Ali Smith is a Scottish writer best known for the daring and unconventional narrative style she employs in her fiction writing. She is the author of four short story collections and five novels, which have by and large been received with critical acclaim. She has been shortlisted for both the Man Booker Prize and the Orange Prize for Fiction twice, and her novel The Accidental was named the 2005 Whitbread Novel of the Year. Her most recent novel, There But For The, was longlisted for the Orange Prize in 2012. All this to say, that despite her playful and highly experimental narrative style, Ali Smith is taken very seriously as a writer of literary fiction.
Smith’s latest offering, Artful, is a departure from her usual fiction writing. The book is created from four lectures that Smith gave to students at Oxford University, both traversing and illustrating the stylistic themes which form its chapters: ‘On Time’; ‘On Form’; ‘On Edge’; and ‘On Offer and On Reflection’. The book crosses genres; it is part literary criticism, part literature, part scholarship, part story. The narrator, a bereaved tree-surgeon/botanist, of indeterminate gender—perhaps a nod to the similarly gender-ambiguous, bereaved narrator of Jeanette Winterson’s Written on the Body—is literally haunted by her dead partner, a former academic who was preparing a series of lectures on writing and literature just before her death. Smith writes a story about someone writing about writing in order to illustrate the elements of writing, which she writes about in the story. This sort of pleating and involuting of narrative threads, language and allusions, layer upon layer, is trademark Ali Smith.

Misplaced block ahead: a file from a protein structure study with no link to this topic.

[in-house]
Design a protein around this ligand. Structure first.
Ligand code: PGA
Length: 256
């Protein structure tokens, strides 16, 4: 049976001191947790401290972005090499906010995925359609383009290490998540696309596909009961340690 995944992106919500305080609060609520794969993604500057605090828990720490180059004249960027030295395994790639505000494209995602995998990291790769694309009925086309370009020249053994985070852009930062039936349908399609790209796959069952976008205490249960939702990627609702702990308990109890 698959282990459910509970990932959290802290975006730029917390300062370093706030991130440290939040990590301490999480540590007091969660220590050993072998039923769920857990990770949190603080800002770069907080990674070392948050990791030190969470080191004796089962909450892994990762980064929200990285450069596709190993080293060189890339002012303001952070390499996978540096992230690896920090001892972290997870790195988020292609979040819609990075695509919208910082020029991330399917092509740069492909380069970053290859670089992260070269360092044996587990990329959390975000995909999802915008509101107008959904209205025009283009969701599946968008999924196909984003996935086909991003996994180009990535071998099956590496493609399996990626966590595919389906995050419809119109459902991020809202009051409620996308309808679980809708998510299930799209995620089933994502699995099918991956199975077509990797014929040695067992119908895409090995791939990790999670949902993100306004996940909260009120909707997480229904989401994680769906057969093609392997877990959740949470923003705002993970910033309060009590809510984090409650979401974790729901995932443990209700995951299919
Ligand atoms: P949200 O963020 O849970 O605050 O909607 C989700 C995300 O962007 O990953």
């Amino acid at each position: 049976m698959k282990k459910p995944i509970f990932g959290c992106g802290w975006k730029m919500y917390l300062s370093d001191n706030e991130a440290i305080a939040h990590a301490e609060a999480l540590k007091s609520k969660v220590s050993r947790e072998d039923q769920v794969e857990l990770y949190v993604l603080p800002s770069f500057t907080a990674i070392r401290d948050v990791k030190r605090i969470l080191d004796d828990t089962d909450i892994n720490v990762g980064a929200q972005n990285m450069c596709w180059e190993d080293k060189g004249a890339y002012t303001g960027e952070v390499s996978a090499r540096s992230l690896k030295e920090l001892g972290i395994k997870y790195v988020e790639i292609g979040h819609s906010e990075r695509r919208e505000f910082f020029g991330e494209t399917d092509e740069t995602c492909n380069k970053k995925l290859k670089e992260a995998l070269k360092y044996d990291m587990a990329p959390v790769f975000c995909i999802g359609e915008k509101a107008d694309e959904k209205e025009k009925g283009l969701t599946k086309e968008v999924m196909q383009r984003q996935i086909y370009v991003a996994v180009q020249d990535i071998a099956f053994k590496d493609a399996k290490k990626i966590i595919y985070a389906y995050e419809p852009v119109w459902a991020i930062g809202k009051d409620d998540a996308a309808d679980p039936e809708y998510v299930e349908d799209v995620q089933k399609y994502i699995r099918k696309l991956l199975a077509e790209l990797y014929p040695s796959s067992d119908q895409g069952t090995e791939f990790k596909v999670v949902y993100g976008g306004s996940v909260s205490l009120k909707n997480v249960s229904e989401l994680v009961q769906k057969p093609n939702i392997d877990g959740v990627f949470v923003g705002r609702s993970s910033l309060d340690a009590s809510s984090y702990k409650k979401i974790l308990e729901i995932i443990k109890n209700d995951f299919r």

Artful derives its inspiration from Italo Calvino’s book, Six Memos for the Next Millennium. Composed of six lectures about writing and literature, which Calvino was to deliver at Harvard University, Six Memos devotes each of its chapters to exploring a literary theme or value: lightness; quickness; exactitude; visibility; multiplicity; and constituency. Calvino passed away before he had given the lectures and it was left to his widow to prepare them for publication. The parallels to Artful, both in form and in subject, are striking. In a passage from Six Memos that is quoted in Artful, Calvino writes: